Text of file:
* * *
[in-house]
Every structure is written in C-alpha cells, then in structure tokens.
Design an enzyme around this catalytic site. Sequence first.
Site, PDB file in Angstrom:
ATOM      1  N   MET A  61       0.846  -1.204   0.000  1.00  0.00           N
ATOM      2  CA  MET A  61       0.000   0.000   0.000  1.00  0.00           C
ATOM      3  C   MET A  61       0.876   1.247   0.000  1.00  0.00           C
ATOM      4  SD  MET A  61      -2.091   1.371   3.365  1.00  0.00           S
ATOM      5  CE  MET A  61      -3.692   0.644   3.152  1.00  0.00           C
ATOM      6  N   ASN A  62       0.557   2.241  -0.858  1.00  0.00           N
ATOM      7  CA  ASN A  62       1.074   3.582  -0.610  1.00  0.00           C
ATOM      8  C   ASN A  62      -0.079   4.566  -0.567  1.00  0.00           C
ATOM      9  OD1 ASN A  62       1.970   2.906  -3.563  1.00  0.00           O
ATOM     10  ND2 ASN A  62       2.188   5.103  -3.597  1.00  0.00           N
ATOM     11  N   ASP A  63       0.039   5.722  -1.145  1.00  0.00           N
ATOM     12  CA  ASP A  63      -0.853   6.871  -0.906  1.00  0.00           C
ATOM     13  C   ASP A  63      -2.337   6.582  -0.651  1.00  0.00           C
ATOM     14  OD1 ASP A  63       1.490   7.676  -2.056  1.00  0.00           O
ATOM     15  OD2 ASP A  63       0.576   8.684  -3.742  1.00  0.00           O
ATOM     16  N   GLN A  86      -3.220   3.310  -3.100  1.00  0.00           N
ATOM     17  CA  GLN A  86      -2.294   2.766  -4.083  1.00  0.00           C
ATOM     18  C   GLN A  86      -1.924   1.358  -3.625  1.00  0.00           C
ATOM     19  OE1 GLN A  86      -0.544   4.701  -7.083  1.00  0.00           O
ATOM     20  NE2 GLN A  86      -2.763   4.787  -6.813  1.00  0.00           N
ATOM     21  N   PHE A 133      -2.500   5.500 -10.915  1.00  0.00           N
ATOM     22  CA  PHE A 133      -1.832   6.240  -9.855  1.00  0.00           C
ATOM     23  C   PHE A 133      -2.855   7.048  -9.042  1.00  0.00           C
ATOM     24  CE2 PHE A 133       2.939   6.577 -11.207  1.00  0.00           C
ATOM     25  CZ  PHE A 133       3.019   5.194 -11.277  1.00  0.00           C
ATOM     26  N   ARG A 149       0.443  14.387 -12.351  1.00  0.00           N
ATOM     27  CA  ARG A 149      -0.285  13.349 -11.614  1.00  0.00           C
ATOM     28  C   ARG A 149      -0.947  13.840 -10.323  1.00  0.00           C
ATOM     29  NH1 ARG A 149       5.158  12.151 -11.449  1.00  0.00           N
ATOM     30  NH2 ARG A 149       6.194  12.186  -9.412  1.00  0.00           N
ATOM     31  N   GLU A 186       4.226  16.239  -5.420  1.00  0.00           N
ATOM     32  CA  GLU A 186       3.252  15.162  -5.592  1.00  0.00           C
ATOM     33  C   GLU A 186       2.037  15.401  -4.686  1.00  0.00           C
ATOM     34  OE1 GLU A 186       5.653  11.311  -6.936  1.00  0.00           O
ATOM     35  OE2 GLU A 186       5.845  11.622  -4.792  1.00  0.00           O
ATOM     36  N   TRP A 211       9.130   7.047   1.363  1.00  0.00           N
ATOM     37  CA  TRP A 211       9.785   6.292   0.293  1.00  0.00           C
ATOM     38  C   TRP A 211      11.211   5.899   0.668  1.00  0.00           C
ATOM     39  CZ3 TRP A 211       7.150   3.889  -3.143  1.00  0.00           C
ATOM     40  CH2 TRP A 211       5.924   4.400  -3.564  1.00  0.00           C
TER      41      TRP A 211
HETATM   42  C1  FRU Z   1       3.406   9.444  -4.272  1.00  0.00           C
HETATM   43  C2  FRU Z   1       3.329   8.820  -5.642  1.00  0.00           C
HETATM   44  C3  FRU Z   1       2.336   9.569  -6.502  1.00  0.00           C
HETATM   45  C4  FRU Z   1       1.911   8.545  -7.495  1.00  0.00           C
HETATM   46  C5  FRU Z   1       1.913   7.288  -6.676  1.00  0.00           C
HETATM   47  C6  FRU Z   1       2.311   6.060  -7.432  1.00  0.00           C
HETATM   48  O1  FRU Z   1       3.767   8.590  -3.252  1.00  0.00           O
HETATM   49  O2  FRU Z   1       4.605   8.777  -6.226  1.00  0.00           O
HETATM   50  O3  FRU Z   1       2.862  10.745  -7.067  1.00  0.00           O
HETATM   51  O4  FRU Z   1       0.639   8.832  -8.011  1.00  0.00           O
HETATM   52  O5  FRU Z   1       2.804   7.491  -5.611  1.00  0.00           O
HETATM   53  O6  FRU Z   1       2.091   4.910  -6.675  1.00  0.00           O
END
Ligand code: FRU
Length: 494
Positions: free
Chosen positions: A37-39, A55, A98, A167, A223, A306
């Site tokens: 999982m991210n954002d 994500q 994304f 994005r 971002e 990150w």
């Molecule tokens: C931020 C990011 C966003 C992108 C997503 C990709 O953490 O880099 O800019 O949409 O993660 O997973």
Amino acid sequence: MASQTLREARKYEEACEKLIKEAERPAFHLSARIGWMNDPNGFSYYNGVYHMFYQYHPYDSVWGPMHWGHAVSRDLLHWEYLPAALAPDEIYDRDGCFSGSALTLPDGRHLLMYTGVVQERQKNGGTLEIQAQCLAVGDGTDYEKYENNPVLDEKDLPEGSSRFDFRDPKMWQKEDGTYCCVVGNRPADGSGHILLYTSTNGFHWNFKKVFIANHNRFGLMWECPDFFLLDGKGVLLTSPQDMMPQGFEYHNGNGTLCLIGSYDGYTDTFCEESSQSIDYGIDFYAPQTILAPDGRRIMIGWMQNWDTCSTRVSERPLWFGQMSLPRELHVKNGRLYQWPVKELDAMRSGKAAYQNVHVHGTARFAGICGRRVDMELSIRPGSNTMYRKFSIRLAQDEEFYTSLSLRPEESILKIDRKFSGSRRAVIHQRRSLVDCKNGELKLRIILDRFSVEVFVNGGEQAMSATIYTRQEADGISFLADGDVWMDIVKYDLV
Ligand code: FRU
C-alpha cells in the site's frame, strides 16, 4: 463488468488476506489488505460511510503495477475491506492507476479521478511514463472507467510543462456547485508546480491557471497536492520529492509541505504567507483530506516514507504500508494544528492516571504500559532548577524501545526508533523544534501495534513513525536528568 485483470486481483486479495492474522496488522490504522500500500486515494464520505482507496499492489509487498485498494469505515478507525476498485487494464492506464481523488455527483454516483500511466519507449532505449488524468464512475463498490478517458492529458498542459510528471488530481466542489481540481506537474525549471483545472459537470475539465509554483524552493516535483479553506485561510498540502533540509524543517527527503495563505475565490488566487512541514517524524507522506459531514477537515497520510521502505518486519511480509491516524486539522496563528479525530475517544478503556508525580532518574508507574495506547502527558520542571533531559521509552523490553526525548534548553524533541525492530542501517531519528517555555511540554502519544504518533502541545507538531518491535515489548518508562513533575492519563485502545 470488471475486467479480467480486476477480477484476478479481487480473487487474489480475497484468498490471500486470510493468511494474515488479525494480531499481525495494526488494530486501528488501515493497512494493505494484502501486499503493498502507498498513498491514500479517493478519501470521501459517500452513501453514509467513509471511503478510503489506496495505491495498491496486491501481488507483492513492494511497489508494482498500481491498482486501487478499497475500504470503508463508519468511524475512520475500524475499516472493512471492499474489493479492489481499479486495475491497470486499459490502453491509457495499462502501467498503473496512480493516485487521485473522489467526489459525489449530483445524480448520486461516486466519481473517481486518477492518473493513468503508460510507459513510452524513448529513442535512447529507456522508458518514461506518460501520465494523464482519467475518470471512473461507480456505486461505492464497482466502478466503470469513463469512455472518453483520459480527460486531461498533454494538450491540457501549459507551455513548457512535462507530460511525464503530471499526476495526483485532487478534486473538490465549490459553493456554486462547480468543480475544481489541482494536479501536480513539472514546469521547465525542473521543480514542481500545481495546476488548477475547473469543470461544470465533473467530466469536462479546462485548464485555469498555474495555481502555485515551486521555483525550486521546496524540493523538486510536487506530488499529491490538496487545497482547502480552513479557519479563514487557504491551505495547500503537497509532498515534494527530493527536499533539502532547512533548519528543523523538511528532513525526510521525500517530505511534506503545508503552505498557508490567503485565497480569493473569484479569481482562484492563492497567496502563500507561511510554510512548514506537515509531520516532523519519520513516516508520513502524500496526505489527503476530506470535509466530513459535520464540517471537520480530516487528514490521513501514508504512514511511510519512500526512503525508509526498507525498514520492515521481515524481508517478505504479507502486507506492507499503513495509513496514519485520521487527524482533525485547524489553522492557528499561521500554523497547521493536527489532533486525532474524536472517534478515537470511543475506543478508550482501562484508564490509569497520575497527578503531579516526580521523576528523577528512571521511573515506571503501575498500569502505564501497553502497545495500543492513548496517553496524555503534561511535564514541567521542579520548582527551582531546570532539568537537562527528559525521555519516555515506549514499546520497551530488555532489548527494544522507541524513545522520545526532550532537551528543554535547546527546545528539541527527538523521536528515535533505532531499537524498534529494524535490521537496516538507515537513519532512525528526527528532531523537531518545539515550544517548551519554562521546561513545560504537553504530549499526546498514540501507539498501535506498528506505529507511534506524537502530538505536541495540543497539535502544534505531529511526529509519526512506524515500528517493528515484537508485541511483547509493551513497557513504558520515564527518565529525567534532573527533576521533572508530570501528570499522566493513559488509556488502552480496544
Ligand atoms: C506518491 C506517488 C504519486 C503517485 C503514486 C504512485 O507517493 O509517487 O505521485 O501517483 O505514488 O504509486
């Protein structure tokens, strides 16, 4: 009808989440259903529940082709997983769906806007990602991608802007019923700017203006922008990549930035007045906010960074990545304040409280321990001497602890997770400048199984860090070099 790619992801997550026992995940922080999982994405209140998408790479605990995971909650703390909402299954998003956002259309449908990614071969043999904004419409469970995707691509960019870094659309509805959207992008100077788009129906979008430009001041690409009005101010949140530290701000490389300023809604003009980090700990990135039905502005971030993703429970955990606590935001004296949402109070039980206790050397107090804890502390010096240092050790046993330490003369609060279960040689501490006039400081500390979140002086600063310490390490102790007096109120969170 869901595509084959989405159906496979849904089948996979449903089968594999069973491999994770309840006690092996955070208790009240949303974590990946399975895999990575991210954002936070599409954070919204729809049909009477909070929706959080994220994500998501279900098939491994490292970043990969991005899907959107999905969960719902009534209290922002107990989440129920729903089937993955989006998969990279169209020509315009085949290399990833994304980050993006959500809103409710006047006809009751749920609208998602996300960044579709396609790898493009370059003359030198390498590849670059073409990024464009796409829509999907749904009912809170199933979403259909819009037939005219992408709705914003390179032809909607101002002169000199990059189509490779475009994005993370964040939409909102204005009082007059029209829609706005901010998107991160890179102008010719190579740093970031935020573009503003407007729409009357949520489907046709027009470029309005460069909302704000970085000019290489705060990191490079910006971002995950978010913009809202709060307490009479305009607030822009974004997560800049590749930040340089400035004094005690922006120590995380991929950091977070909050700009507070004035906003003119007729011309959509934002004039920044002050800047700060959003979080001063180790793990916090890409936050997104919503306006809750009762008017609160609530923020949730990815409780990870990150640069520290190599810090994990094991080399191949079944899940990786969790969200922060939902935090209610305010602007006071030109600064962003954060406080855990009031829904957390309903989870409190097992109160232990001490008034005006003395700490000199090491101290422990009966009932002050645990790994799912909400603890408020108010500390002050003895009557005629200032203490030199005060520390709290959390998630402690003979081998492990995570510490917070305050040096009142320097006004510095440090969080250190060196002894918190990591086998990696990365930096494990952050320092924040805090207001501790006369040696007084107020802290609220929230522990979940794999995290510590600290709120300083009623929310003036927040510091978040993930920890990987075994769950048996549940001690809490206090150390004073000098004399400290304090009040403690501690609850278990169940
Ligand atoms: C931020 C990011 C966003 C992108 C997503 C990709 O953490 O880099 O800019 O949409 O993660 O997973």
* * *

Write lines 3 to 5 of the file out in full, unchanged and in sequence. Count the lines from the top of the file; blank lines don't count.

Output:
Design an enzyme around this catalytic site. Sequence first.
Site, PDB file in Angstrom:
ATOM      1  N   MET A  61       0.846  -1.204   0.000  1.00  0.00           N